One of the arcs in "The Breakfast Club" is the eventual romantic bonding between Ringwald's character Claire and Bender, the "troublemaker" character played by Judd Nelson. Claire is rich and comfortable and popular. Bender is angry, impoverished, abused at home, and bitter. He's also the most outgoing, unafraid, and crass of the characters, freely cussing and making sexual references. In one notable scene, Bender has to hide from Mr. Vernon (Paul Gleason), angrily searching for him. Bender hides under the table where Claire is sitting, and there is an infamous shot of what he can see of Claire from underneath. Without Claire's consent, the distracted Bender touches her. In 1985, this was meant to be played for laughs. In 2018, Ringwald acknowledges, this was an all-too-casual depiction of sexual harassment: 

"My mom also spoke up during the filming of that scene in 'The Breakfast Club,' when they hired an adult woman for the shot of Claire's underwear. They couldn't even ask me to do it — I don't think it was permitted by law to ask a minor — but even having another person pretend to be me was embarrassing to me and upsetting to my mother, and she said so. That scene stayed, though. What's more, as I can see now, Bender sexually harasses Claire throughout the film."

The romance between Bender and Claire became a little gross when Ringwald was able to put their relationship into a bigger context: 

"When he's not sexualizing her, he takes out his rage on her with vicious contempt, calling her 'pathetic,' mocking her as 'Queenie.' It's rejection that inspires his vitriol. Claire acts dismissively toward him, and, in a pivotal scene near the end, she predicts that at school on Monday morning, even though the group has bonded, things will return, socially, to the status quo. "'ust bury your head in the sand and wait for your f***in' prom!' Bender yells. He never apologizes for any of it, but, nevertheless, he gets the girl in the end."


Both "The Breakfast Club" and "Sixteen Candles" are worthy of re-visitation, but also need to be reconsidered when it comes to the kind of content that was once considered perfectly acceptable, but plays as sexist, racist, or encouraging of assault. The character of Long Duk Dong (Gedde Watanabe) is a broadly stereotypical role, and the treatment of women as commodities for the male characters runs strongly throughout (the underwear scene in particular), leading to a scene where two teen boys essentially "swap" girlfriends without the girlfriends' input. This all seemed normal to the teen cast in the mid 1980s, but Ringwald took a much different view in 2018:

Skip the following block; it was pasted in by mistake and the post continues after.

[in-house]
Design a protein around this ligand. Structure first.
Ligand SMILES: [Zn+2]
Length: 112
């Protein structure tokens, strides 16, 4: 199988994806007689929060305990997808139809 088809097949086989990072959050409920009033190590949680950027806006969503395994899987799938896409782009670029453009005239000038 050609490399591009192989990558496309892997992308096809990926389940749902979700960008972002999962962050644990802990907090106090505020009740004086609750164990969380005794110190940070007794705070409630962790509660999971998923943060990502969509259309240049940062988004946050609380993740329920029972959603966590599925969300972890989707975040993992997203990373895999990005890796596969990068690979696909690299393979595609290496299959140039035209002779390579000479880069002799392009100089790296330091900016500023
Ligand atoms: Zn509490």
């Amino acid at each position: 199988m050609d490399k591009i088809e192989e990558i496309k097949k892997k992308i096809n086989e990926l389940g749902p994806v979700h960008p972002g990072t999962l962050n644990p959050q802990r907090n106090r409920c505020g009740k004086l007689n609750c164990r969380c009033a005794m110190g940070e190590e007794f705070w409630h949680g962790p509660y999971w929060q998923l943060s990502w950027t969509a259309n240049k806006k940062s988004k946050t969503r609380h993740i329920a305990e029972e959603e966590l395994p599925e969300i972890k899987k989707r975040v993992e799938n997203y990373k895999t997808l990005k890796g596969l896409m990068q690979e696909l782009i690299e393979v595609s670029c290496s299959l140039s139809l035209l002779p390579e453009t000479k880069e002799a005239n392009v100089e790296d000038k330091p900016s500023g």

"If I sound overly critical, it's only with hindsight. Back then, I was only vaguely aware of how inappropriate much of John's writing was, given my limited experience and what was considered normal at the time. I was well into my thirties before I stopped considering verbally abusive men more interesting than the nice ones. I'm a little embarrassed to say that it took even longer for me to fully comprehend the scene late in 'Sixteen Candles,' when the dreamboat, Jake, essentially trades his drunk girlfriend, Caroline, to the Geek, to satisfy the latter's sexual urges, in return for Samantha's underwear."

What was meant to be a sweet bonding moment between the "geek" (Anthony Michael Hall) and Caroline (Haviland Morris) ended up being a dark tale of potential assault: 

The Geek takes Polaroids with Caroline to have proof of his conquest; when she wakes up in the morning with someone she doesn't know, he asks her if she "enjoyed it." (Neither of them seems to remember much.) Caroline shakes her head in wonderment and says, "You know, I have this weird feeling I did." She had to have a feeling about it, rather than a thought, because thoughts are things we have when we are conscious, and she wasn't."

No film will play the same way it does in the present as it did when it first opened. Every single film is the result of the contemporaneous politic from which it emerged and is made by people who cannot help but make pieces of art from within a particular cultural context. As such, films once considered classics may age poorly. It's important to give constant critical reappraisal to our favorite movies, constantly ask if they are edifying us and reinforcing us in healthy ways. "The Breakfast Club" is a sensitive, funny, and excellent film about the mid-'80s teen experience, and in many ways it still feels vital and universal. But it also contains a scene of sexual assault that is played for laughs. We will always have to contend with that moving forward.